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A train painted blue and purple is parked without lights; above it sprawls stars and the Milky Way.
Sky Railways

This vintage train takes you out to stargaze near Santa Fe

Champagne, live music and the stars: a perfect night

Erika Mailman
Written by
Erika Mailman

If you love trains and stargazing, we have the perfect experience for you: a ride on the Sky Railway’s StarGazer train in Santa Fe. This ride takes place once a month on the Saturday closest to the new moon so that the stars are the most visible. The train departs from the Santa Fe station on a trip to get out to where city lights abate and you can see the dark skies sprawling above you.

The ride begins in a heated 1924 Pullman car, with a glass of complimentary wine. When it’s time, head out to the open-air flatbed cars with heated floors to look through a telescope. An astronomer on board helps you understand what you’re seeing. Did we mention that there’s live music? This ride lasts a little more than two hours out to the Galisteo Basin Preserve and back. The basin consists of arroyos, sandstone formations and savannah grasslands: 10,000 acres of wildlife preserve with hiking, biking and equestrian trails. The entire area looks dramatically silhouetted at night against the expansive sky.

New Mexico has been making an effort to protect the beauty of the night sky, and in 1999 passed the Night Sky Protection Act, which means the state takes active measures to preserve the darkness of the sky, such as requiring outdoor lights to direct the light downward rather than upward. According to the Santa Fe Conservation Trust, researchers have determined that “a single, unshielded street lamp can affect the view of the night sky for an observer up to 125 miles away.”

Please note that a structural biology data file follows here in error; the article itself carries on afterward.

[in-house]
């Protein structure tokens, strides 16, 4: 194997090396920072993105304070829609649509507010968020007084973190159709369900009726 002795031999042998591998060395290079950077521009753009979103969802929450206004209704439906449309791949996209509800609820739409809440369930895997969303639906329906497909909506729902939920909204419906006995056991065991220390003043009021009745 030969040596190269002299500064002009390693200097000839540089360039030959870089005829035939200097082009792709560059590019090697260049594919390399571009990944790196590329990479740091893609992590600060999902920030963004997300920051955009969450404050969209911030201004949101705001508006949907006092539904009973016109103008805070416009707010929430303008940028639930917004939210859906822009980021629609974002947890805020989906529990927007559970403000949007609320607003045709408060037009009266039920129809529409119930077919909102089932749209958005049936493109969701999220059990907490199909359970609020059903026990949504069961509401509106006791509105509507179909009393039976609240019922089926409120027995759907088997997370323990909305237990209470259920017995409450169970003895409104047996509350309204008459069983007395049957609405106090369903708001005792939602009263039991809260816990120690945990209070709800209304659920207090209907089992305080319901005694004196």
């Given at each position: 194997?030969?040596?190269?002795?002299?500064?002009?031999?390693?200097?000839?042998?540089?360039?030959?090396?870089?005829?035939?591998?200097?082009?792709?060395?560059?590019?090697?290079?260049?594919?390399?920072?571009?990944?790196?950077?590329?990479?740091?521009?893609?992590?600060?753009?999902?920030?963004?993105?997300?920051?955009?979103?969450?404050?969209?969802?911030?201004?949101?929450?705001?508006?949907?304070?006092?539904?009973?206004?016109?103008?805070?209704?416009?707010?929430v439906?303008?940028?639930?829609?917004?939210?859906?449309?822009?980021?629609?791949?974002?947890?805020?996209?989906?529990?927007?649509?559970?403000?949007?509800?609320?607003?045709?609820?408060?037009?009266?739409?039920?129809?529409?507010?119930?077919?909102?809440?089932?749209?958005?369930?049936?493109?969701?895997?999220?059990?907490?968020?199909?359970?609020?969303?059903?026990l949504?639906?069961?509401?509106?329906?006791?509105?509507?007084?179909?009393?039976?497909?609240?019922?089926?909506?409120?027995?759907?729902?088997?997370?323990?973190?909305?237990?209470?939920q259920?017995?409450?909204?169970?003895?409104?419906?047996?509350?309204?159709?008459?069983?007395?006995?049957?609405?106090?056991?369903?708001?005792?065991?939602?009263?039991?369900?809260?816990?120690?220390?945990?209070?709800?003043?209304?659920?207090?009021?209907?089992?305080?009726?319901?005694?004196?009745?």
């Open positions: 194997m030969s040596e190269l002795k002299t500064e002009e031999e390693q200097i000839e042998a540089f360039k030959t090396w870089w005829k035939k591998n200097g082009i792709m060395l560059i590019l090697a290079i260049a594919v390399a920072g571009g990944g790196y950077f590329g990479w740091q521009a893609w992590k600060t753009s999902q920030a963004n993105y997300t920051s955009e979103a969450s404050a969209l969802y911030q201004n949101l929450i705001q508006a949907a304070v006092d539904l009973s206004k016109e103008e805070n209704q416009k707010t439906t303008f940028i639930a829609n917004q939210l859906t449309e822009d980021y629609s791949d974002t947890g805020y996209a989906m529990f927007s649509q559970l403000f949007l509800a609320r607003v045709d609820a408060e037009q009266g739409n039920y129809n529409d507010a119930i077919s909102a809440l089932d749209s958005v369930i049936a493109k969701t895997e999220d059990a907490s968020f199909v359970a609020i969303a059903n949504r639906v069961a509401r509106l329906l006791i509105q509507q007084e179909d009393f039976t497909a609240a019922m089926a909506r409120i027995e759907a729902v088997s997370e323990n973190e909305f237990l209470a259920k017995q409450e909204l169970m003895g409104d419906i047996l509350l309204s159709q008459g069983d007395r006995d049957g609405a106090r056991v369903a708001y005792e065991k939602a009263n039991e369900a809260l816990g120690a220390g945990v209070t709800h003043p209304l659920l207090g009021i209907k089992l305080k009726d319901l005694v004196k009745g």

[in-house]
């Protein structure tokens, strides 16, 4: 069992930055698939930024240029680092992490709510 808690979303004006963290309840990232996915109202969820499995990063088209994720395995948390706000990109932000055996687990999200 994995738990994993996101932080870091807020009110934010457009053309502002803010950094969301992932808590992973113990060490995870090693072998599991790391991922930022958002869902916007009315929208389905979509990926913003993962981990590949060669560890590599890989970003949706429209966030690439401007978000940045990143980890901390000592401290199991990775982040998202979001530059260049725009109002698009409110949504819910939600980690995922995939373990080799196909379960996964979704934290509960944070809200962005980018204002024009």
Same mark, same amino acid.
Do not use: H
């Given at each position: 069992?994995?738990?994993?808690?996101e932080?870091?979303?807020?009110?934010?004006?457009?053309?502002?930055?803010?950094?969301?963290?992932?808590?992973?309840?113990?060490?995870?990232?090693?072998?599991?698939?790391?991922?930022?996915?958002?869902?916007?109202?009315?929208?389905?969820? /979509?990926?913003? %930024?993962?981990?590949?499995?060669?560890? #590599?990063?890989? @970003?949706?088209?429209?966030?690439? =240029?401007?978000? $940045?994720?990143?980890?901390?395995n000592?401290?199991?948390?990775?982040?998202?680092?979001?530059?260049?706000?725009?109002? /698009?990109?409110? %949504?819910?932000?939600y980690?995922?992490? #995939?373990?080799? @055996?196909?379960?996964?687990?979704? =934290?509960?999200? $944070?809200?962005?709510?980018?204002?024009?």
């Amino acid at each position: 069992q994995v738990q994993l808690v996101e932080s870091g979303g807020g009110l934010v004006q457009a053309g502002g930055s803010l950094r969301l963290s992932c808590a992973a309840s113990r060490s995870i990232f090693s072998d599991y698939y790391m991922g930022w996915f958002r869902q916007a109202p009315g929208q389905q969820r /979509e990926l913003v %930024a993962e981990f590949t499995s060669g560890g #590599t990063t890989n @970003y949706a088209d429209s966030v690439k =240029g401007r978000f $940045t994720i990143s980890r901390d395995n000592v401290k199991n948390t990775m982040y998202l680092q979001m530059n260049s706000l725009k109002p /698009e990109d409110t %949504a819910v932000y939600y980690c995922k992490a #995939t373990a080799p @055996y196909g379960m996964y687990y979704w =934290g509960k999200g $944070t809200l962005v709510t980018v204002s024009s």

Since this month’s new moon falls on February 20, the StarGazer runs on the 18th. March’s new moon is on the 23rd, so the ride is on the 18th; while April’s new moon is on the 20th and the StarGazer ride is on the 15th.

Dark skies aren’t just good for our sense of wonder; they’re great for our bodies. We produce more cancer-fighting melatonin and sleep better when we reacquaint ourselves with the splendor above our heads. And reducing ambient light pollution helps animals and insects too. Around 1 billion migrating birds die each year because they get confused by city lights and lose navigational skills, says Of course, we all want to be safe outdoors at night, but once you are: click off the light.

StarGazer tickets are $139; check availability here.

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